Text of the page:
What Makes the Web Slow? Really Slow?

January 28, 2021

I read “We Rendered a Million Web Pages to Find Out What Makes the Web Slow.” My first reaction was the East Coast Internet outage which ruined some Type A workers’ day. I can hear the howls, “Mommy, I can’t attend class, our Internet is broken again.”

Here’s a passage from the “Rendered a Million Web Pages” which I found interesting:

Internet commentators are fond of saying that correlation does not equal causation, and indeed we can’t get at causality directly with these models. Great caution should be exercised when interpreting the coefficients, particularly because a lot confounding factors may be involved. However, there’s certainly enough there to make you go “hmm”.

Yep, I went “hmm.” But for these reasons:

  • Ad load times slow down my Web experiences. Don’t you love those white page hung ads on the YouTube or the wonky baloney on the Daily Mail?
  • How about crappy Internet service providers?
  • Are you thrilled with cache misses?
  • Pages stuffed full of trackers, bugs, codes, and spammy SEO stuff.

Hmm, indeed.

Stephen E Arnold, January 28, 2021

Oracle: Dons White Hat and Tries to Lasso the StreamScam Stallion

January 6, 2021

Oracle is only of passing interest to me. I paid attention to Oracle’s search efforts which I think once involved Applied Linguistics, TripleHop, Endeca, and a natural language processing company crafting smart software to replace trained human customer support types. Oh, I did check out Oracle SES. As I recall, the first “s” meant secure. The idea was that Oracle had discovered that most vendors of enterprise search provided systems which were not focused on security. Just getting these overhyped and jargon infused puppies to behave consumed quite a bit of developer, MBA, and ultimately CPA energy.

I read “Oracle Exposes largest CTV Ad Fraud Operation Ever” reminded me of the Oracle Secure Enterprise Search hook: Enterprise search vendors did not provide Oracle-grade security. That was, as it turned out, mostly true. The problem was that organizations purchasing enterprise search were not buying security. The organizations were trying to find a way to deal with the increasing flows of digital information. Prior to the implosion of Delphes, Entopia, and Fast Search & Transfer — tools were not widely available. Today, of course, an enterprising and enthusiastic developer can download or just use a variant of Lucene/Solr. Amazon and IBM support these open source solutions, and developers of proprietary systems like Coveo, Mindbreeze, and others have to put in extra hours on their sales Peloton’s to generate sustainable revenues. Oracle’s run at enterprise search as security disasters went nowhere.

Now Oracle has donned its white hat and is now lassoing or trying to lasso the online advertising sector. In my research, we have encountered numerous reports of online advertising fraud. Making the charges stick to the Google, its subsidiaries, outfits like Facebook, and the third party intermediaries has been difficult. Gobbledygook explanations and intentional complexity are designed to keep those advertising dollars flowing.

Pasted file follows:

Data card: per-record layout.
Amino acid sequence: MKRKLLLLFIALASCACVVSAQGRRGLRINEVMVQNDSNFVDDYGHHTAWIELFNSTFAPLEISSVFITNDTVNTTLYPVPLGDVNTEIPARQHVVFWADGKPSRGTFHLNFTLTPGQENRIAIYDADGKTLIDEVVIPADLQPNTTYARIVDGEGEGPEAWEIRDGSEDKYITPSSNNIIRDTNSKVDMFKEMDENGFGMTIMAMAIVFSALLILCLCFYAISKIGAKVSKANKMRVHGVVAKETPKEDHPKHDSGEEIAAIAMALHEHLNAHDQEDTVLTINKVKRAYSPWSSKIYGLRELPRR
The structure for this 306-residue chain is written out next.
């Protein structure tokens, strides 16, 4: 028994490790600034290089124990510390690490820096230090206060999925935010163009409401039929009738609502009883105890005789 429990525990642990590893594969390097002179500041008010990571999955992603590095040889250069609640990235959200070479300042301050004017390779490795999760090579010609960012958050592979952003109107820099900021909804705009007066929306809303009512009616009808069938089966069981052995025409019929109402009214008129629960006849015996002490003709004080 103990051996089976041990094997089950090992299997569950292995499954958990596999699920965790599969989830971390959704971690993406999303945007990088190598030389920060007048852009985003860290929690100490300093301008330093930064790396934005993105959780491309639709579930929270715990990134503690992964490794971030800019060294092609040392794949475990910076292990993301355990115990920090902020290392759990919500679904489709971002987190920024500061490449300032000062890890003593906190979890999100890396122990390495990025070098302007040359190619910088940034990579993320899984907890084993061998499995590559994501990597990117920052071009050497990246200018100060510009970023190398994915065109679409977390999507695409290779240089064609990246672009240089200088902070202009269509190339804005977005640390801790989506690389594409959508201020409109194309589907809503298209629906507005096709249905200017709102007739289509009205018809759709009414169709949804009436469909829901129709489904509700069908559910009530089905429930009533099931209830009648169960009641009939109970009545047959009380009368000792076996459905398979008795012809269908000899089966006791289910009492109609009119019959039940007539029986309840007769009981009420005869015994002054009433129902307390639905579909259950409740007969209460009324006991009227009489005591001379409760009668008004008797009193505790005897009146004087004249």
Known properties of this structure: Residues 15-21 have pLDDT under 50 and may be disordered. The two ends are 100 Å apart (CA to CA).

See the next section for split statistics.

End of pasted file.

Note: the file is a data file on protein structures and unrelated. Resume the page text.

The StreamScam is probably the first in a series of oracular pronouncements about alleged fraud: Click, view time, reach, etc., etc. The write up states:

StreamScam perpetrators capitalized on vulnerabilities in the technology used to improve the video viewing experience in CTV. Known as Server-Side Ad Insertion (SSAI), the technology combines content and ads into a single video stream that can play seamlessly with no delays on end-user devices, such as Roku, AppleTV, and FireTV.

The idea is that advertisers don’t know if online advertising generates sales. Marketers emphasize misty notions of brand and reach. But what’s an advertiser to do? The answer is that newspaper, television, and radio have been replaced among certain desirable market segments by streaming, Twitter, and podcasts. Therefore, a device like a smart TV seems to straddle some of these technology. Put money into connected televisions, YouTube, Facebook, and maybe — just maybe — TikTok.

I agree with “CTV Ad Fraud Schemes Like the One Oracle Exposed Will Become More Common But That Won’t Affect Marketers’ Spend.” I would, however, add a caveat to this write up’s assertion about not impacting what marketers spend and where; to wit: What choice does an advertiser have? Old fashioned direct mail? When the post office worked, that was an option. How about telemarketing? Some desirable demographics don’t answer their mobile’s chirps. What about billboard advertising? Covid and work from home may have reduced the impact of these view enhancing objects of art.

With more and more GenX and millennials positioning themselves as experts in social media, online ads are necessary complements to influencer campaigns. The Google ad purveyors are reassuring and armed with data illustrating that online ads really do work. Don’t like the Google rep, check out the Facebook pitch with micro and nano targeting that really works better than Googzilla’s approach. Amazon, Apple, yes. Options.